Crossroads

Reading Time: 3 minutes

I look at the calendar.  Another day passed since I saw her last.  I can still remember what she looked like, what she smelled like when we parted.  I gave her the hat I purchased for myself at the museum so that she had something else of mine to keep close to her.  At the time, we had been planning to get together again in a couple of months.  But that didn’t happen.  Then more suggestions of when to get together.  Those didn’t happen either and winter set in.  

During winter, it was as if there was a wall set up around one of the state borders, and it was made of ice and snow.  Where she lives, it occasionally snows, not as it does in the Mid-Atlantic region where I reside.  Too, her vehicle isn’t completely reliable in many ways, so driving a good distance isn’t recommended.  Another roadblock of sorts, that keeps us apart.  Of course, at this point, we talk about the big bugaboo, money.  Working full-time when you’re living alone doesn’t afford you a lot of ‘mad money’, or funds for outside activities.  Especially when you’re in an industry that doesn’t pay all that well, even when one has the experience.  So saving money ends up being literally nickels and dimes, which doesn’t afford one the ability to be free to travel.  The last two times we got together, I either paid the lion’s share of the costs or accepted what she could at that time afford to contribute.  The first time I rented a car and drove 10 hours to see her.  The second time, we met approximately midway between the two of us.  That time I drove the family vehicle.  I have to admit, I was pretty shocked how much it cost to rent a vehicle for a week the first time.  Astronomical was the word I believed I used then.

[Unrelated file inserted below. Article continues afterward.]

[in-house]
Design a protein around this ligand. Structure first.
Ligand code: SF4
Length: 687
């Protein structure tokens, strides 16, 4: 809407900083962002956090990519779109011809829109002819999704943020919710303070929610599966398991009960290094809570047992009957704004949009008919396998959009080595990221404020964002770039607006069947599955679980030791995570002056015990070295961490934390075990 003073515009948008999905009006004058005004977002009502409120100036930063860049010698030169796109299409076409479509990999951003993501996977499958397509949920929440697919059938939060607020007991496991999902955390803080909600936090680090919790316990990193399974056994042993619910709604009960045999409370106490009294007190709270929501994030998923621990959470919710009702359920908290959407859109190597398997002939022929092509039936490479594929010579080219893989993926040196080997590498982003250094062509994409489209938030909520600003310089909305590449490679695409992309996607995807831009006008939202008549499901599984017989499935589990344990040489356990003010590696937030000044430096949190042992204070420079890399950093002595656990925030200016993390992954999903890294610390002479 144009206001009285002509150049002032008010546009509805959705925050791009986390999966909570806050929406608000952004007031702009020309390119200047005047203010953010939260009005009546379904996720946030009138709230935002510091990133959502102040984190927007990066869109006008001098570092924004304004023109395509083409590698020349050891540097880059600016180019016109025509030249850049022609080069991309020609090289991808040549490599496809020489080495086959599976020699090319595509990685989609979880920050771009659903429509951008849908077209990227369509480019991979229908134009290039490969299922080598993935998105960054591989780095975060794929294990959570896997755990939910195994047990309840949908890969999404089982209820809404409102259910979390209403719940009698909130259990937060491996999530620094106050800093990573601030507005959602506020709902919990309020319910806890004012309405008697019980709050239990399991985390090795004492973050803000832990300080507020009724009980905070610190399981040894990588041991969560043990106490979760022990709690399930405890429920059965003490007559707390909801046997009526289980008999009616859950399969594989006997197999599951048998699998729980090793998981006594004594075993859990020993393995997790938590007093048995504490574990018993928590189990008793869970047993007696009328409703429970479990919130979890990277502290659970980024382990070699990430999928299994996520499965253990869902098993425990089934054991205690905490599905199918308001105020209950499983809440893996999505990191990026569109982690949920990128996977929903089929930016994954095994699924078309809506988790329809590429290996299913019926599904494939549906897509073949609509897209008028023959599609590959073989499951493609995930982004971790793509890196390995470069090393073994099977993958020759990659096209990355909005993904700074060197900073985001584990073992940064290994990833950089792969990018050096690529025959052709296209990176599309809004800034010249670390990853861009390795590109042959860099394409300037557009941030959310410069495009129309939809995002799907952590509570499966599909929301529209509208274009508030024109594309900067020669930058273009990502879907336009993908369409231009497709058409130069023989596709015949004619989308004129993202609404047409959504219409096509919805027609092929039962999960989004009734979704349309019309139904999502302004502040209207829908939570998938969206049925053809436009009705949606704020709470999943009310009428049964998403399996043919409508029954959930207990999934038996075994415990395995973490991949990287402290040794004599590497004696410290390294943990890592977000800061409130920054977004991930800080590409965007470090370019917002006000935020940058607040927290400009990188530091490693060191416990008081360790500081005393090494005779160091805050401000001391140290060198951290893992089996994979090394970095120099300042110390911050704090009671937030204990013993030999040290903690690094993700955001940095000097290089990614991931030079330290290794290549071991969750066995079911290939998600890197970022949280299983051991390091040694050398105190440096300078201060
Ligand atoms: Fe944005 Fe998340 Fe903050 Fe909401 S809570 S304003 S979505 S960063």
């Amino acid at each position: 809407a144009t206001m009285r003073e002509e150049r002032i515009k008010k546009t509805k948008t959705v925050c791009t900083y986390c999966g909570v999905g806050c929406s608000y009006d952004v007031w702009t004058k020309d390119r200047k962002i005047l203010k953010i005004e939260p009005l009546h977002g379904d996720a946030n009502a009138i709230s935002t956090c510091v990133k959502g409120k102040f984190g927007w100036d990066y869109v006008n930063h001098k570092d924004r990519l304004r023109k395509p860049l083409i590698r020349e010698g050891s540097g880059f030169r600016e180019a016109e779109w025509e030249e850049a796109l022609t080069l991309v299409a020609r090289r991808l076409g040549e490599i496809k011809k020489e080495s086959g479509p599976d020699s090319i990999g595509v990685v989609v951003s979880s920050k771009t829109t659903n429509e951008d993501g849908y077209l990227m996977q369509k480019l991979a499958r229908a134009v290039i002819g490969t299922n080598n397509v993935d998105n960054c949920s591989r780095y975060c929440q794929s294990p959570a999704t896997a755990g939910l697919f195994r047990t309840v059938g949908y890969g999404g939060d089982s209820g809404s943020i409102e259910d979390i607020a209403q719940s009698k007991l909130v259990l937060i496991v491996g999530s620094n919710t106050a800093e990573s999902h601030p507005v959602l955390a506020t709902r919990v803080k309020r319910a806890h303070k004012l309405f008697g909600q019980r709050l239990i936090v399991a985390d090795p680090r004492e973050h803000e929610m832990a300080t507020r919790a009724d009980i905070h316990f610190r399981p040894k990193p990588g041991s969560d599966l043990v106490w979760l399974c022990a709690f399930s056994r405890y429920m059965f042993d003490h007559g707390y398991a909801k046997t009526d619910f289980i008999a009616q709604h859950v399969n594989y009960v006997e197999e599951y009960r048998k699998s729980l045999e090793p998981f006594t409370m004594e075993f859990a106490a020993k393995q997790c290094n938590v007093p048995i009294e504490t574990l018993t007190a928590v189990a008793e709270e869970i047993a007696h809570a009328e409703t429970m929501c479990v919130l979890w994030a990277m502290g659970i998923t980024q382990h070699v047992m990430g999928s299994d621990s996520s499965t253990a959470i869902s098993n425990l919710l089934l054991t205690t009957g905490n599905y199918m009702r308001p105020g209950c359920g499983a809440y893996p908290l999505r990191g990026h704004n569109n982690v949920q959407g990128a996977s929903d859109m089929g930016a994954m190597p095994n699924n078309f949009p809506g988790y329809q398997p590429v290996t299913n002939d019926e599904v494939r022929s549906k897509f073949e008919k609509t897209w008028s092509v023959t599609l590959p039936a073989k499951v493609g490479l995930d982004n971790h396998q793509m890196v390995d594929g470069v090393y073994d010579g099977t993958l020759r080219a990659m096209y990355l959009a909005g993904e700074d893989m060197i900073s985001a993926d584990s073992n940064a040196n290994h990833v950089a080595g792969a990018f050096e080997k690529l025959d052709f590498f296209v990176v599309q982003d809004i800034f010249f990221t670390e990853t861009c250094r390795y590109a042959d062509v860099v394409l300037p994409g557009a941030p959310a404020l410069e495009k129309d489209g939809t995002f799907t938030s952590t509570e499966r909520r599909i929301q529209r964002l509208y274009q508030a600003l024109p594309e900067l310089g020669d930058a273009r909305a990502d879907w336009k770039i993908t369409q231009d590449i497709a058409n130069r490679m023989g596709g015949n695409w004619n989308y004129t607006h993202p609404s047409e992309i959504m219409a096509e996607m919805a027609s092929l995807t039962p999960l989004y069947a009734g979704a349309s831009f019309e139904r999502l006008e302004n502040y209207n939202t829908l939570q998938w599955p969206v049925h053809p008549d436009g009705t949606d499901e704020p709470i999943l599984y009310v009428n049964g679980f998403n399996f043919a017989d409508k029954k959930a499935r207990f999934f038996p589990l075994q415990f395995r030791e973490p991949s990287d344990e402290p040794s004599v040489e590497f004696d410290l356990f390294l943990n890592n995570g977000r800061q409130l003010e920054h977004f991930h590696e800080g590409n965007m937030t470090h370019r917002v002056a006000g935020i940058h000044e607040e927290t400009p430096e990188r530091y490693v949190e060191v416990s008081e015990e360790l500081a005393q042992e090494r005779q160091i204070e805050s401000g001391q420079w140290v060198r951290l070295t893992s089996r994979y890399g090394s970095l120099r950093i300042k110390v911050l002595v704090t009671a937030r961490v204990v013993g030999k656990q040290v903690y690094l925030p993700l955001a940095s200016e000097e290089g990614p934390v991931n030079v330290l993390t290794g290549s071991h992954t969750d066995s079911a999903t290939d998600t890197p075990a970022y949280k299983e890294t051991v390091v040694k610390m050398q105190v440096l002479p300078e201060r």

As the days count down towards the one year mark for the time we’ve been apart, it makes me more and more melancholy.  Sure, we keep in touch via social media, phone calls, texts and the like, but it’s most definitely not the same thing as being there.  Spending time with her, even if it’s just sitting on the couch, watching television together, or her sliding down off the couch to rest her head on my knee while we’re doing whatever.  Having that physical contact is key, and it’s what we’re missing. I hear about her adventures with her poly family, and honestly, it bothers me that she gets to have adventures, and I don’t.  I’ve been sitting here spinning my wheels for 344 days.  Too, it reminds me of the collar fiasco.  I thought about getting her another one, but if I’m not there to see it, to enjoy seeing it on her, what’s the point?  And besides, it’s another outlay of my money for her benefit.  So it too got shelved.

Finally, I’ve given up shopping for toys.  I have so many here that have no purpose, no use, other than taking up space in the house.  My wife looks at them, then at me, and doesn’t ask the question we both know she’s thinking.  “what are you going to do with all this stuff??”  Honestly, right now….nothing.

Ugh, this is hard to write.  But its harder still to endure.  I have no idea what the solution is, but I am extremely tired of waiting.  And watching.  And observing.  And being left out.

Bedtime.  Good night.

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